Whaling Commission Authorizes Global Conservation

BERLIN, Germany, June 16, 2003 (ENS) - Conservation of the world's whales will be the future guiding principle of the International Whaling Commission after a vote today that creates a Conservation Committee to protect these marine mammals from the many threats that assail them. Environmentalists were jubilant at the outcome, but whaling nations reserved the right not to participate in, nor fund, the new initiative.

The so-called Berlin Initiative to steer the International Whaling Commission (IWC) in the direction of conservation was proposed by Mexico and supported by 18 other governments - Australia, Austria, Brazil, Finland, France, Germany, Ireland, Italy, Kenya, Monaco, Netherlands, New Zealand, Portugal, San Marino, Spain, Sweden, the United Kingdom and the United States.


Sperm whale and U.S. research ship in the Gulf of Mexico (Photo courtesy U.S. Interior Dept.)
The vote, taken during the opening day of the organization's 55th annual meeting, carried with 25 countries voting in favor, and 20 against, with one abstention.

Australian Environment Minister Dr. David Kemp said after the vote, "The Initiative recognizes that the primary objective of the IWC is to conserve whale populations for the benefit of all humankind and for future generations."

"What was once a whalers' club has become a force for conservation," said Dr. Chris Tuite, director of wildlife and habitat with the International Fund for Animal Welfare.

“This is a historic day for cetacean conservation,” said Dr. Susan Lieberman, head of WWF’s delegation at the IWC. “The Berlin Initiative is designed to tackle the variety of threats to cetaceans beyond commercial whaling. These include by-catch, drowning in nets, the biggest threat of all, causing the death of 300,000 whales, dolphins and porpoises annually.”

Other threats include toxic contamination and climate change. The initiative will also allow the IWC to address economic and cultural activities like whale watching.

Stefan Asmundsson, Iceland’s Commissioner, said, “We have witnessed the concept of conservation being hijacked by protectionists. Conservation is a means to enable sustainable whaling. This proposal was not about conservation but protectionism and animal rights."


A beach on the Antarctic shore of South Georgia strewn with whale bones left from the years of industrial whaling. (Photo courtesy British Antarctic Survey)
In the first 30 years of the International Whaling Commission's existence, large scale catches of whales were authorized, and debates focused on what conservation measures were necessary.

Some whale species, such as the giant blue whales, were hunted nearly to extinction until the IWC imposed a global moratorium on commercial whaling in 1986. The moratorium is still in force, broken only by countries such as Norway and Iceland, each of which have taken a reservation to the whaling ban.

In addition, Japan hunts whales in accordance with the scientific research provisions of the IWC treaty, taking hundreds of minke whales in the Southern Ocean Whale Sanctuary, and hunting hundreds of minke whales, and dozens of sei, sperm, and Bryde's whales in the North Pacific.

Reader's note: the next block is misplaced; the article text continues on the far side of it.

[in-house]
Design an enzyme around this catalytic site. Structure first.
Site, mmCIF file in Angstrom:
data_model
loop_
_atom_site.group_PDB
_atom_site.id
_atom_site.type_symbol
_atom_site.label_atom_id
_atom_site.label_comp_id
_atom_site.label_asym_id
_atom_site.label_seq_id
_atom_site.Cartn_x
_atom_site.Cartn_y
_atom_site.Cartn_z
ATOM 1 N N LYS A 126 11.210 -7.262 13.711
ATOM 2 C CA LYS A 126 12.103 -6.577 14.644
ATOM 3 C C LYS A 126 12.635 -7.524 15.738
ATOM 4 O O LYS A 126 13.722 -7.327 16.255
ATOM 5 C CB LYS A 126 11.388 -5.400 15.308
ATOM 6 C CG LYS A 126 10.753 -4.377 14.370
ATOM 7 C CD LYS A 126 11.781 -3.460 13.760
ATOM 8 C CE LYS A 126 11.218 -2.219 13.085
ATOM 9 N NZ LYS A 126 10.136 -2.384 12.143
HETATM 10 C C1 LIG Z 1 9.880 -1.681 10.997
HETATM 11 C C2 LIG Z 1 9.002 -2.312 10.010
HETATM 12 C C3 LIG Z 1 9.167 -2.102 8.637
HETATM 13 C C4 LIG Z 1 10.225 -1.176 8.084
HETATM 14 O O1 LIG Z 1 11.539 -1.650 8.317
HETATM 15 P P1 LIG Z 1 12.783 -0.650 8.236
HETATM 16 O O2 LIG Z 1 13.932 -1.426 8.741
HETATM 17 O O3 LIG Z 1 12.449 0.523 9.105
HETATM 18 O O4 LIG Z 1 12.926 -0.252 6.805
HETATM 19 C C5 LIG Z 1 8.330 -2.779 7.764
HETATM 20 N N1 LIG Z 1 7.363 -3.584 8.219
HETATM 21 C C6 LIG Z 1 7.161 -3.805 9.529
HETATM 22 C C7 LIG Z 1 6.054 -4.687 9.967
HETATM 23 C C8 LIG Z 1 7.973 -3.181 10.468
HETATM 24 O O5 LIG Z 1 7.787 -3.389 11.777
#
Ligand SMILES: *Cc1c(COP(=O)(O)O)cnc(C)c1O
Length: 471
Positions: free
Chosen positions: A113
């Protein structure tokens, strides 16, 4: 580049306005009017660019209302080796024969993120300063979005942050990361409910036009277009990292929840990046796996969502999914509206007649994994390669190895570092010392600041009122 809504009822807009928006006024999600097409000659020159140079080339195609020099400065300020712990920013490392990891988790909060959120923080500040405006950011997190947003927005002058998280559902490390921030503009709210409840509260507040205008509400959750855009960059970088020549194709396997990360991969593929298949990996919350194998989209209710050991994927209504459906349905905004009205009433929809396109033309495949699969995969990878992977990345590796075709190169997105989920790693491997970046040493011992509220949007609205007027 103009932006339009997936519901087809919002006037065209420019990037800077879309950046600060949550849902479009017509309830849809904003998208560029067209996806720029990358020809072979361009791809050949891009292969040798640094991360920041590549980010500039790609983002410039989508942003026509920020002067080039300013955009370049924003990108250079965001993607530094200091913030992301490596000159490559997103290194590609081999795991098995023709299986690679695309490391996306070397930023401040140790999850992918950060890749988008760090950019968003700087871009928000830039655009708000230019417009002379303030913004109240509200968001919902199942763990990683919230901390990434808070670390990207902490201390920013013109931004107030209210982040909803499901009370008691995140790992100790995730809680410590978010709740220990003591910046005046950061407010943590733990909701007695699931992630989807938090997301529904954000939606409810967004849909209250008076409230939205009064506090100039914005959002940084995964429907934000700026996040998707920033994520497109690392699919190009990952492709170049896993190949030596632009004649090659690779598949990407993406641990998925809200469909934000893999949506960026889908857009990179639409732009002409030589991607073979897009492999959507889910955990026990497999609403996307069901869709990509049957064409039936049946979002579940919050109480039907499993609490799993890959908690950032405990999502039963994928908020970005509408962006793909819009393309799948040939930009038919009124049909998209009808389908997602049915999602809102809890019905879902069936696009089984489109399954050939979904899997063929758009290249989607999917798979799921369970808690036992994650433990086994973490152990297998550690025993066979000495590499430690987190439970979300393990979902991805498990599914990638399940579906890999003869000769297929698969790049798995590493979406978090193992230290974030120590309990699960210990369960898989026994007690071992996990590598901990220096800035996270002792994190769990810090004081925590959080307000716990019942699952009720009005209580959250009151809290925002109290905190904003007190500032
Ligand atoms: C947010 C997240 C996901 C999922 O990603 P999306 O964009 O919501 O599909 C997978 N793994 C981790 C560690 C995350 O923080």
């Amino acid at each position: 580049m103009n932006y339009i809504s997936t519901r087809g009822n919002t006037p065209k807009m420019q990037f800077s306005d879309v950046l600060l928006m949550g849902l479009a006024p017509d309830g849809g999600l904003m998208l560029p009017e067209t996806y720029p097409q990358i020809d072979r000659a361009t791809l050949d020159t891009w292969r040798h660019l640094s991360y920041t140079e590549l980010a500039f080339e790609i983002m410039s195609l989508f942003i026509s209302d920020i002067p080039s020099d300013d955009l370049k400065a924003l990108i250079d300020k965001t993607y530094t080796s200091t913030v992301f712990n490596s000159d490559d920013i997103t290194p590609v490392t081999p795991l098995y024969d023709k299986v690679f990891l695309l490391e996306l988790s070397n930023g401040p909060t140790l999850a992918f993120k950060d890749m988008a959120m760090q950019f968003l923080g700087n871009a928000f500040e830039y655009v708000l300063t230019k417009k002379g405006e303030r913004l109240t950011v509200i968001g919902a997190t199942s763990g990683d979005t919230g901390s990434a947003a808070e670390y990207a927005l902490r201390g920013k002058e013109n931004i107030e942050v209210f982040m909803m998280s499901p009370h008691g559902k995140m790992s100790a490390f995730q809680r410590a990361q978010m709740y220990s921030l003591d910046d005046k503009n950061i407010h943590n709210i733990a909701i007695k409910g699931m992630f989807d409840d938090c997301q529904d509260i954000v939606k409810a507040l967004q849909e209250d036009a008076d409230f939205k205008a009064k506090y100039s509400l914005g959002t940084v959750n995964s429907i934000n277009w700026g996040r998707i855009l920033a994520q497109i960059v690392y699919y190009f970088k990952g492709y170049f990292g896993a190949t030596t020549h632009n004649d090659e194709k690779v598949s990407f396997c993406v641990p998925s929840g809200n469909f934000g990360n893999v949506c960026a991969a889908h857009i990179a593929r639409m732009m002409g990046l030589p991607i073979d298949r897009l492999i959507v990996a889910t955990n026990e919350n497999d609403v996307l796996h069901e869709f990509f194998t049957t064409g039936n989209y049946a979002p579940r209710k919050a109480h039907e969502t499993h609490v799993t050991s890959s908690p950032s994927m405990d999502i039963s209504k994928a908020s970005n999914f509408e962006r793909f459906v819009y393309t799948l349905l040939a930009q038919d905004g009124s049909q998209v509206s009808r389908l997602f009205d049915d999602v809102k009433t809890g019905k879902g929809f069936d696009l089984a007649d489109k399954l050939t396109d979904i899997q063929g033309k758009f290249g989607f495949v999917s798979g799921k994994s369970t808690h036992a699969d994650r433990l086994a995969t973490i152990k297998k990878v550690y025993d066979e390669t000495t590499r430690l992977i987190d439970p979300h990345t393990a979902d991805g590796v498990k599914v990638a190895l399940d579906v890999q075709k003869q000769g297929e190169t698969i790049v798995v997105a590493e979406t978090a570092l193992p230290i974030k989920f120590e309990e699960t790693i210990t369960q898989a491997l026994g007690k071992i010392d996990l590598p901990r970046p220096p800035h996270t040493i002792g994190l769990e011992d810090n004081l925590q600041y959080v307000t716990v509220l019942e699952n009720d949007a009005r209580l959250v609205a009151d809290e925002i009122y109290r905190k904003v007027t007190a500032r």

"The non-compliance with the Commission’s policy on scientific whaling is now a greater conservation problem than official commercial whaling," the proposing countries said in their draft resolution for the Berlin Initiative.

Dr. Kemp said, "I call on the IWC also to ensure that the Conservation Committee is supported by - and promotes - good science, such as the non-lethal techniques for studying whales that Australian scientists use."

"As the Commission gradually moved to a more conservation oriented and precautionary approach to management, and has steadily extended the scope of its conservation measures, the importance of ensuring that the Commission’s conservation measures are actually complied with, has gathered in importance relative to the adoption of new measures," the proposing countries' wrote.


On Sunday, Greenpeace activists scaled Berlin's 365 meter (1,197 foot) Television Tower, the Fernsehturm in Alexanderplatz, and suspended a large inflatable whale from the tower's point with banner reading "IWC ACT NOW." (Photo ©Greenpeace/Paul Langrock)
Last week Japan threatened to walk out of the IWC meeting if the conservation resolution was passed. While downplaying the new conservation committee's importance, the Japanese delegation so far has remained at the meeting in Berlin.

The Berlin Initiative vote, which was preceded by a heated debate, deepened the divisions within the IWC, taking the organization to the brink of a split.

Established under the 1946 International Convention for the Regulation of Whaling, the IWC states its purpose as providing for "the proper conservation of whale stocks and thus make possible the orderly development of the whaling industry." The whaling nations have been working towards completion of a formal document known as a Revised Management Scheme that would establish criteria for sustainable whaling and permit the lifting of the global ban on commercial whaling.

The fact that the Revised Management Scheme is not even on this year's IWC agenda, and today's vote in favor of a conservation committee has turned the whaling nations away from participation in the Whaling Commission.

Rune Frovik, secretary to the High North Alliance, a coalition of whaling nations, said, “It is time for the whaling nations to realize that the Whaling Commission does not have the intention to take up its responsibility and resume the management of sustainable whaling. It is time to look for other alternatives outside of this dysfunctional organization."